The Chinese military has increased its aggressiveness against American surveillance aircraft in the Pacific, conducting more than 180 risky interceptions in the past two years, according to the Pentagon, more than in the previous decade.
According to authorities, since the fall of 2021, Chinese Air Force and Navy fighter pilots have swooped to within 5 meters of American fighter jets, unloading chaff in a brazen display of intimidation.
They said that when close air encounters from allies and partners are included, the number rises to nearly 300.
On Tuesday, the Pentagon released previously unpublic videos and photos of more than a dozen such maneuvers over the East and South China Seas, reviewed by The Washington Post, in which Chinese fighter jets harassed reconnaissance planes. Unarmed Americans are legally patrolling in international airspace.
In January, a US RC-135 was flying over the South China Sea when a Chinese J-11 fighter, with two missiles on each wing, quickly approached to within about 30 feet and stayed there for more than 15 minutes.
In May of last year, a Chinese fighter approached a Navy EP-3 spy plane patrolling in the East China Sea at full speed and, according to the Pentagon, crossed under the nose of the aircraft, causing the American pilot to lose visual contact. It then approached laterally again to within 15 feet, flying just below the American plane.
In another incident, a Chinese fighter repeatedly flew above and below a US reconnaissance plane, displaying its weapons, in June 2022. When the US pilot established radio contact with the Chinese fighter, it responded in English, according to the Pentagon, with an insult.
“It’s harassment, pure and simple,” said retired Air Force Lt. Gen. David Deptula, a former fighter pilot who led air operations in the Pacific in the mid-2000s. Deptula condemned the approaches, which could lead to a mistake And a collision. “There is absolutely no reason for that in international airspace.”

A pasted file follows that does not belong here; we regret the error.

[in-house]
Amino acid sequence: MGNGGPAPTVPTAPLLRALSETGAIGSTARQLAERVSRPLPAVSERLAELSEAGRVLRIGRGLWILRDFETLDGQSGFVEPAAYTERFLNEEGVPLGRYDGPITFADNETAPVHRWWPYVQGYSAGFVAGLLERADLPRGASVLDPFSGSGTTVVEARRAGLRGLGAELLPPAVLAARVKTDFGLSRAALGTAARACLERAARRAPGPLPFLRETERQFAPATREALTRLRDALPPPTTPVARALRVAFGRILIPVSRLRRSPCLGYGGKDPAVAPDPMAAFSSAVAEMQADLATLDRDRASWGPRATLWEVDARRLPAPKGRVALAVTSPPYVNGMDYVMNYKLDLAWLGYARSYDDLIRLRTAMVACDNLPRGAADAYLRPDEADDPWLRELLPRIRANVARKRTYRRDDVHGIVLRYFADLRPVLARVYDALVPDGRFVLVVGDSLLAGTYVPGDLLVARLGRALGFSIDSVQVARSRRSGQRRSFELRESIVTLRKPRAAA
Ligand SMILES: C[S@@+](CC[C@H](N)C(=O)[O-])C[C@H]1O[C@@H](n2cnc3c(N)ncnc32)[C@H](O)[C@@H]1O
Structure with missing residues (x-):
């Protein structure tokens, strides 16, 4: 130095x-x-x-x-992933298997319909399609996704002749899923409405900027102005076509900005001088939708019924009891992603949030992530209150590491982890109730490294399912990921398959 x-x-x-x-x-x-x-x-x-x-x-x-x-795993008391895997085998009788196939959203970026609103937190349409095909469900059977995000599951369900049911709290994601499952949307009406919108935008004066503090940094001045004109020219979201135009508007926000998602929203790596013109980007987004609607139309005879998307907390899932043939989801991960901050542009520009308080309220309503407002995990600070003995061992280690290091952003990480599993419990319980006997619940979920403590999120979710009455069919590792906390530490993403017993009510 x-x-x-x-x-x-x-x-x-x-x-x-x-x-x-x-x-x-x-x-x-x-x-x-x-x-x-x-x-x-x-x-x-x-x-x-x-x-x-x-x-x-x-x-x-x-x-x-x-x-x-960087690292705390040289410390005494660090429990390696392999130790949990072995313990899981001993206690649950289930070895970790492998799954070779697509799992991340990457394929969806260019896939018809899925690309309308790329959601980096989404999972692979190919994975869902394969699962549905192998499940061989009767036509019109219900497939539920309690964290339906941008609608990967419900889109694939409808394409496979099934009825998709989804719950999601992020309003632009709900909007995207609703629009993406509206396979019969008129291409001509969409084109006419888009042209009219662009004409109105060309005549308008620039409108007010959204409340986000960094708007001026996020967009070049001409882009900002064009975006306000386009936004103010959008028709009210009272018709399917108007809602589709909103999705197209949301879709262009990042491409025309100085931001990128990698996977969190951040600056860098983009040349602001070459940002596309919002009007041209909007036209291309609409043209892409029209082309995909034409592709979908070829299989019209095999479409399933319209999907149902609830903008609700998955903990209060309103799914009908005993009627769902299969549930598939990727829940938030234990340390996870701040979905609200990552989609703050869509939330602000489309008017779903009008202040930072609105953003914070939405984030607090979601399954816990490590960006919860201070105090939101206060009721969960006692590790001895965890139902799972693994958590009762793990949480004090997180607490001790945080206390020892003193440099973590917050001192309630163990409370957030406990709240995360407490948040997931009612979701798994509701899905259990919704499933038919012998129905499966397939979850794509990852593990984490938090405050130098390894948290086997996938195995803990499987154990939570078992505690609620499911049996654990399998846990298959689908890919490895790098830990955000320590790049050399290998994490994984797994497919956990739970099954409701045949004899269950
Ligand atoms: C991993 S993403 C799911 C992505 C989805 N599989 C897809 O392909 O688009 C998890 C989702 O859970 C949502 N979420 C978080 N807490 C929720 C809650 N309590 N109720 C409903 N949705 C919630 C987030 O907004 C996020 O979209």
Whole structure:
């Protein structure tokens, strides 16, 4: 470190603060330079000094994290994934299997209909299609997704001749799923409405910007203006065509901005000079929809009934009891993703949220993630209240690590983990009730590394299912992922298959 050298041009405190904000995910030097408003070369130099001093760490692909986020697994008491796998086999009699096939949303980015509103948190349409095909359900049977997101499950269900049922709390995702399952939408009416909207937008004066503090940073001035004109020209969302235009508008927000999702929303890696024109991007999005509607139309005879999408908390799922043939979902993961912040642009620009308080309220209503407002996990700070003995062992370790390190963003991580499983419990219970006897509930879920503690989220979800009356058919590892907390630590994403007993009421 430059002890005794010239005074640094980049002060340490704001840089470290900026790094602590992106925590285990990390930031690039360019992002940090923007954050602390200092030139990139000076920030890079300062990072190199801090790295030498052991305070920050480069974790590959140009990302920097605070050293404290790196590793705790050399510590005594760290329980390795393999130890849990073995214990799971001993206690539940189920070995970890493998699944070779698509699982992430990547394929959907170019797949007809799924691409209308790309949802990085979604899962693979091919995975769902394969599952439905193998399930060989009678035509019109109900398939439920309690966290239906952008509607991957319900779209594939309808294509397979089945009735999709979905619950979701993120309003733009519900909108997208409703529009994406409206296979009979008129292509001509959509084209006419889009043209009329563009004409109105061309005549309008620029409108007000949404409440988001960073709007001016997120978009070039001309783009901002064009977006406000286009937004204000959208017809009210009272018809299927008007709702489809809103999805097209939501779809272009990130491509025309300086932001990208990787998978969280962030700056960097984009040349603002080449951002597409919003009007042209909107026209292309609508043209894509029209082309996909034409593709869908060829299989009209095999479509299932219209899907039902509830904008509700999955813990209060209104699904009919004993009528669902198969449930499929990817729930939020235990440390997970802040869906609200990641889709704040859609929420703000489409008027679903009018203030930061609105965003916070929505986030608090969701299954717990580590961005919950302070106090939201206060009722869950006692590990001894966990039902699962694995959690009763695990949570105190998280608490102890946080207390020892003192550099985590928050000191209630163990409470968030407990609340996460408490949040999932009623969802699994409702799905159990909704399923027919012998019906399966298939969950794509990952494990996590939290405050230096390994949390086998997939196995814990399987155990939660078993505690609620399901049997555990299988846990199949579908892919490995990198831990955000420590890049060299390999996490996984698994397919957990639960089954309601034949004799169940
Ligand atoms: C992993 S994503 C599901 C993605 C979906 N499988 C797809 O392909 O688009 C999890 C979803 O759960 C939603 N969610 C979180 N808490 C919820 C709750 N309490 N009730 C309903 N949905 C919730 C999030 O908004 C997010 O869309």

Deptula recalled how a Chinese fighter collided with a Navy EP-3 in April 2001, killing the Chinese pilot and causing the American plane, with 24 crew members, to make an emergency landing on Hainan Island, resulting in to an international incident. The Americans were detained and interrogated for 11 days by Chinese authorities before being released. That incident is etched in the memories of U.S. military aviators and highlights the tragic consequences that can result from aggressive and unprofessional aerial behavior.
China’s sharp increase in risky encounters is concerning because it undermines the ability of the United States and other nations to conduct safe patrols in international airspace, senior military and defense officials say.
“Since the fall of 2021, we have seen a serious increase in actions that have brought their aircraft much closer” to U.S. aircraft, even during “higher risk” operations such as mid-air refueling, said Adm. John C. Aquilino, of the Navy’s “Top Gun” advanced fighter school and now commander of all US military forces in the Indo-Pacific.
Their allies and partners are suffering similar attacks. Last year, a Chinese J-16 fighter pierced the nose of an Australian P-8 patrol aircraft, releasing a round of debris that was ingested by the P-8’s jet engine. “These actions are simply unacceptable.
“These actions are unacceptable,” Aquilino said. “And they do not comply with international law.”
In a statement obliquely alluding to the United States, Chinese embassy spokesman Liu Pengyu declared: “A certain non-regional country has attempted to stir up trouble and incite confrontation in the South China Sea and endanger the regional peace and stability. China has always opposed it.” He said China and Southeast Asian countries are trying to develop a “code of conduct in the South China Sea” and that “countries outside the region have to respect [those] efforts.”